I have no idea what he was like as a back up QB, but he is horrible annoucing
the games. glad he is off the mtn. he talks over the plays with non-sense
stats and name dropping. too bad he wasn't a back-up annoucer as well...
Well I was there in the stands in 84 (lived in cali at the time) and I DID
notice the change in the Y's QB position, not to say that Fowler did bad.
Remember that a QB that has led you to 12 previous wins, getting hurt then
limping back in, I'm sure inspired his teamates to play that much better.Oh, to all those SMU players throwing ice and water on each other when
they were ahead by 20 in 1980 I'm still laughing at how fast those smiles turned
to frowns by the end of the game.....man I loved living in cali in the 80'sGo Cougs
I'm really hoping we'll see Lark in the game in the fourth quarter when we're up
by 30+ points.I'm also hoping we'll see Nelson come in for a few
plays each game in a wildcat formation. I also like the idea of using him as
the holder for punts and PATs, opening up the option for an occasional fake.
Dick...as always, a great article of backup QB's. I would be curious to know
what Sean Salisbury is doing now that he isn't working for ESPN. I am told that
BYU's football team this year is "stupid good". Is that your appraisal
overall as well?
I saw Lark on Tuesday and he looks sharp. The passes he threw were similar to
Jake, Just really accurate, dart-like throws. Incompletions were because of WRs
dropping the balls.
Great article and topic. I have appreciated Fowlers example every time we see
hot shot recruits at BYU (specifically quarterbacks)complain about their role on
the team. I have always heard that there wasnt much difference between Fowler
and Bosco. I expect his family was disappointed that he wasnt the main guy on
the team but look how his response to this situation has blessed his life.My congratulations to him and my appreciation for his example.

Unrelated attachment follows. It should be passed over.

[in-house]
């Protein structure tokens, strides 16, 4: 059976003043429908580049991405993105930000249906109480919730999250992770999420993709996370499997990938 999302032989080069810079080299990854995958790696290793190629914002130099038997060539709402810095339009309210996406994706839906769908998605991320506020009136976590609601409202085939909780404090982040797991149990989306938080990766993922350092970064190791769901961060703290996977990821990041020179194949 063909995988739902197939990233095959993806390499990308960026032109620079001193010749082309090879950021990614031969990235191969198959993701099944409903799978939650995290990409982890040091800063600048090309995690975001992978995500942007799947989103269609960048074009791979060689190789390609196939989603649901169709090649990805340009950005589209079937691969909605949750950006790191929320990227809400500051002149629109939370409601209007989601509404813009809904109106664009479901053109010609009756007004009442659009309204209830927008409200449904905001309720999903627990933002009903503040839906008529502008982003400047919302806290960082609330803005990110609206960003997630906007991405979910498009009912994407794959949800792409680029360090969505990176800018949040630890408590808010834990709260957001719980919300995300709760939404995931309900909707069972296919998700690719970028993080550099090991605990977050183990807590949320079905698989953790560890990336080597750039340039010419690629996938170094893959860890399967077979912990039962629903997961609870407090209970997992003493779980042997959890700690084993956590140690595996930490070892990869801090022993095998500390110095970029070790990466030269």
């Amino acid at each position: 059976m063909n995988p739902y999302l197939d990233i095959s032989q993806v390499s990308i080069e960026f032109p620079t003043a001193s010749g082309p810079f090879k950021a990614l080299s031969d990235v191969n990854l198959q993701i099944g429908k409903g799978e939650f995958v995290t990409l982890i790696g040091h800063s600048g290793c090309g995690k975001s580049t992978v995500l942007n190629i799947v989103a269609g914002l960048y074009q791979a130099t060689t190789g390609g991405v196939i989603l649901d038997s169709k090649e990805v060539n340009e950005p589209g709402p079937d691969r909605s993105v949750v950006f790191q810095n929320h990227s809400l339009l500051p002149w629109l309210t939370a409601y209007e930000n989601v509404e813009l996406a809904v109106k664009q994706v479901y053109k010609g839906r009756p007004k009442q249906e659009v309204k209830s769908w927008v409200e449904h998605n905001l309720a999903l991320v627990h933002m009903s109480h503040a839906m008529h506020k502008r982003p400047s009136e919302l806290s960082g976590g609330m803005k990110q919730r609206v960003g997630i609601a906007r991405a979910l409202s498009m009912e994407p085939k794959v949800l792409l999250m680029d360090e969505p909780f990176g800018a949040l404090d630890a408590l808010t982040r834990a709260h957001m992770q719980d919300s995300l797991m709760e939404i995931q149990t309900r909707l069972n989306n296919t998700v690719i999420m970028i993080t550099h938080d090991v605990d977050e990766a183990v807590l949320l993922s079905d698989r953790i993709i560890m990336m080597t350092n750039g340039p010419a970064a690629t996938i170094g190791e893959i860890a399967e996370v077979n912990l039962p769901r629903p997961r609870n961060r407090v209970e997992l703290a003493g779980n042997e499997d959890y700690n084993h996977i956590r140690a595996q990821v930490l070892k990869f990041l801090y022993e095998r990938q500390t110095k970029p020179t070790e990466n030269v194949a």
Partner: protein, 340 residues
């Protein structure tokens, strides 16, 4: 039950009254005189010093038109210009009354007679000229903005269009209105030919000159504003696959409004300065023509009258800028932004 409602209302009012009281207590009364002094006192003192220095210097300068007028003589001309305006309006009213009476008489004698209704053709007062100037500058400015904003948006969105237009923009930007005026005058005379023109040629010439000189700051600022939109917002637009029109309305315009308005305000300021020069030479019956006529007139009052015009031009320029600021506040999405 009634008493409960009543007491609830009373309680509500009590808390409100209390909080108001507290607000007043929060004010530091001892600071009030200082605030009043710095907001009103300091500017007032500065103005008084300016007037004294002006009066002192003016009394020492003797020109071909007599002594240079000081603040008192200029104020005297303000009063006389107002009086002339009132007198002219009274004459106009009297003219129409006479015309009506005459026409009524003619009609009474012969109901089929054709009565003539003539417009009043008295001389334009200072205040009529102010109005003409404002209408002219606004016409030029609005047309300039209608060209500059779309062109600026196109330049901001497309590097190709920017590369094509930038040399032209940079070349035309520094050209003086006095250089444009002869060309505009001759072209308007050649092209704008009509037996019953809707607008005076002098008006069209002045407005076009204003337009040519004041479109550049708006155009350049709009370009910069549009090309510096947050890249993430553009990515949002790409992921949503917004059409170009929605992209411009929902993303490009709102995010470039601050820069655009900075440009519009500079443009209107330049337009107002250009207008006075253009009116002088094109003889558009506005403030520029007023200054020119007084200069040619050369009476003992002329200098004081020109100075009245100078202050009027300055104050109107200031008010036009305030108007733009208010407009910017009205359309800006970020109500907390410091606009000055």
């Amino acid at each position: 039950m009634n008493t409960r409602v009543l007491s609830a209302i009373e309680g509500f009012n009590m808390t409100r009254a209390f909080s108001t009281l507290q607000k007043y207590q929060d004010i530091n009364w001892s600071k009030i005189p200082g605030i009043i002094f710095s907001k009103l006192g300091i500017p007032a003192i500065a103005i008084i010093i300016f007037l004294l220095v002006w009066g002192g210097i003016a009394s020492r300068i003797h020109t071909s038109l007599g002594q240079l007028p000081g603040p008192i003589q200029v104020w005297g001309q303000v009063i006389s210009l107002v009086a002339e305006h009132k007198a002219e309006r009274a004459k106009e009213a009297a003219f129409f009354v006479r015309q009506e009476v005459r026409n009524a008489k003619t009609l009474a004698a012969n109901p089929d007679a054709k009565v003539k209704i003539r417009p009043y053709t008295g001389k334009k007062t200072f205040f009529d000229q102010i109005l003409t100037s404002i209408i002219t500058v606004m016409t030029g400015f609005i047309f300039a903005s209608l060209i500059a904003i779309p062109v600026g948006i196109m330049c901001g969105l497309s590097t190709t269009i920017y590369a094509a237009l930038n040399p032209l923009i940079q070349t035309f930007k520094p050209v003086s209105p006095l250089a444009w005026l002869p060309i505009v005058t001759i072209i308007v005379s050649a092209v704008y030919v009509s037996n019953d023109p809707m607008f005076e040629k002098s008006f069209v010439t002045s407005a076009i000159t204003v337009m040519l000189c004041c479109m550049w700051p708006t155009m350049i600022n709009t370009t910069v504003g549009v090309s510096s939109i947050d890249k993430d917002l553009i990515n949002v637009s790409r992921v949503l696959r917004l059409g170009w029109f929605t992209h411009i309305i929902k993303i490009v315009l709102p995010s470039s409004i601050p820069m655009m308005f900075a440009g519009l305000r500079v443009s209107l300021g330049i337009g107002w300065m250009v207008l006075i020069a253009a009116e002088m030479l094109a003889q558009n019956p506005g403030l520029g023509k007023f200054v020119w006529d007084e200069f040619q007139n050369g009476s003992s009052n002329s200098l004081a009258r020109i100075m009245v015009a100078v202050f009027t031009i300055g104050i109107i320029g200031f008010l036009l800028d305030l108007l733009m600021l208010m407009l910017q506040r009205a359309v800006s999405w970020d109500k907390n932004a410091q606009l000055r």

I felt Fowler should have played instead of Bosco once Bosco was injured...I
agree the backup must be good and ready to play, and disagree that the starter
should play even if injured as Bosco did, as I feel it hurts the team, becomes a
case of the starter putting himself ahead of the team...and wasn't Bosco injured
more permanantly because he ruined his arm, probably playing hurt, throwing with
all arm because the leg was hurt?
@ duckhunterSo true. So true. After the Utes go 1-3 I
might start rooting for the underdog. Too bad they don't have the QB draw as BYU
James Lark needs more reps.
So did you throw out the envelope? I bet you have a treasure trove of interviews
and notes from the many years of sports writing. Thanks for sharing.
Back-up qb's need to be good? This is something BYU has known for a very long
time, and they recruit accordingly. utah is learning this right now and it is
going to become glaringly apparent to them this season. I don't know how anyone
didn't know this.
Great article, Dick. BYU has a long history of back-up QBs who could have
started at many other schools, but who put their team and school first. Just
another one of the thousand things I love about BYU football.
@ TJ | 9:13 a.m. Aug. 16, 2011 Eagle Mountain, UT Brian
Johnson was/is a coach who played for the Utes through the 2008 season. I
believe you are referring to Terrence Cain.
Every college football team has scores of players like Blaine Fowler - great
athletes who excelled in high school but for whatever reason were not good
enough to be a starter in college. It is simply part of the game, and its